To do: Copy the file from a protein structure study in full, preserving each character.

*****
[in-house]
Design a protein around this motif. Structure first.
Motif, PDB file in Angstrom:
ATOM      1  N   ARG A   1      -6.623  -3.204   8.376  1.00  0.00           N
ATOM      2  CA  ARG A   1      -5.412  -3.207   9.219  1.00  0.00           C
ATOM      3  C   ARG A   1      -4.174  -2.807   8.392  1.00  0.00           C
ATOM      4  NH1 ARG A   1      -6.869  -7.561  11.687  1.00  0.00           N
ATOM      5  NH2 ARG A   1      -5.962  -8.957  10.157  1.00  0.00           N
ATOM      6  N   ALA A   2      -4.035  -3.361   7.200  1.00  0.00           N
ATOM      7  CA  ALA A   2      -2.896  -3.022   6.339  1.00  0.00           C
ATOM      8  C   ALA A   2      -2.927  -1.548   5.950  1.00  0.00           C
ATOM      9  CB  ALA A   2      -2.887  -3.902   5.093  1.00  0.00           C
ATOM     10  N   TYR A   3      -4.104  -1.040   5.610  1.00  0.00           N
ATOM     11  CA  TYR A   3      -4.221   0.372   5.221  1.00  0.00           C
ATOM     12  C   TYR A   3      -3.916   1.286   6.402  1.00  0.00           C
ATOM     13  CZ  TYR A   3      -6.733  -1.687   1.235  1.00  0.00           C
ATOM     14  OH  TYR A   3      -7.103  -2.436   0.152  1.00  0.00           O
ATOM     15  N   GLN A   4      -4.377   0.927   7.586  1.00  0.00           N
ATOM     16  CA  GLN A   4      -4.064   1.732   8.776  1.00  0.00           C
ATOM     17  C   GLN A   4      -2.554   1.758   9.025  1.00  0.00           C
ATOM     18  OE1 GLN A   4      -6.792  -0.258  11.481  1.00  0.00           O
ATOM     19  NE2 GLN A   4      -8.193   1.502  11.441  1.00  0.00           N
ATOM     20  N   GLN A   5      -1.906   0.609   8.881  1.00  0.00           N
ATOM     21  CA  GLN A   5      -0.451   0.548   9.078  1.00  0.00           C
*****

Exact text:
[in-house]
Design a protein around this motif. Structure first.
Motif, PDB file in Angstrom:
ATOM      1  N   ARG A   1      -6.623  -3.204   8.376  1.00  0.00           N
ATOM      2  CA  ARG A   1      -5.412  -3.207   9.219  1.00  0.00           C
ATOM      3  C   ARG A   1      -4.174  -2.807   8.392  1.00  0.00           C
ATOM      4  NH1 ARG A   1      -6.869  -7.561  11.687  1.00  0.00           N
ATOM      5  NH2 ARG A   1      -5.962  -8.957  10.157  1.00  0.00           N
ATOM      6  N   ALA A   2      -4.035  -3.361   7.200  1.00  0.00           N
ATOM      7  CA  ALA A   2      -2.896  -3.022   6.339  1.00  0.00           C
ATOM      8  C   ALA A   2      -2.927  -1.548   5.950  1.00  0.00           C
ATOM      9  CB  ALA A   2      -2.887  -3.902   5.093  1.00  0.00           C
ATOM     10  N   TYR A   3      -4.104  -1.040   5.610  1.00  0.00           N
ATOM     11  CA  TYR A   3      -4.221   0.372   5.221  1.00  0.00           C
ATOM     12  C   TYR A   3      -3.916   1.286   6.402  1.00  0.00           C
ATOM     13  CZ  TYR A   3      -6.733  -1.687   1.235  1.00  0.00           C
ATOM     14  OH  TYR A   3      -7.103  -2.436   0.152  1.00  0.00           O
ATOM     15  N   GLN A   4      -4.377   0.927   7.586  1.00  0.00           N
ATOM     16  CA  GLN A   4      -4.064   1.732   8.776  1.00  0.00           C
ATOM     17  C   GLN A   4      -2.554   1.758   9.025  1.00  0.00           C
ATOM     18  OE1 GLN A   4      -6.792  -0.258  11.481  1.00  0.00           O
ATOM     19  NE2 GLN A   4      -8.193   1.502  11.441  1.00  0.00           N
ATOM     20  N   GLN A   5      -1.906   0.609   8.881  1.00  0.00           N
ATOM     21  CA  GLN A   5      -0.451   0.548   9.078  1.00  0.00           C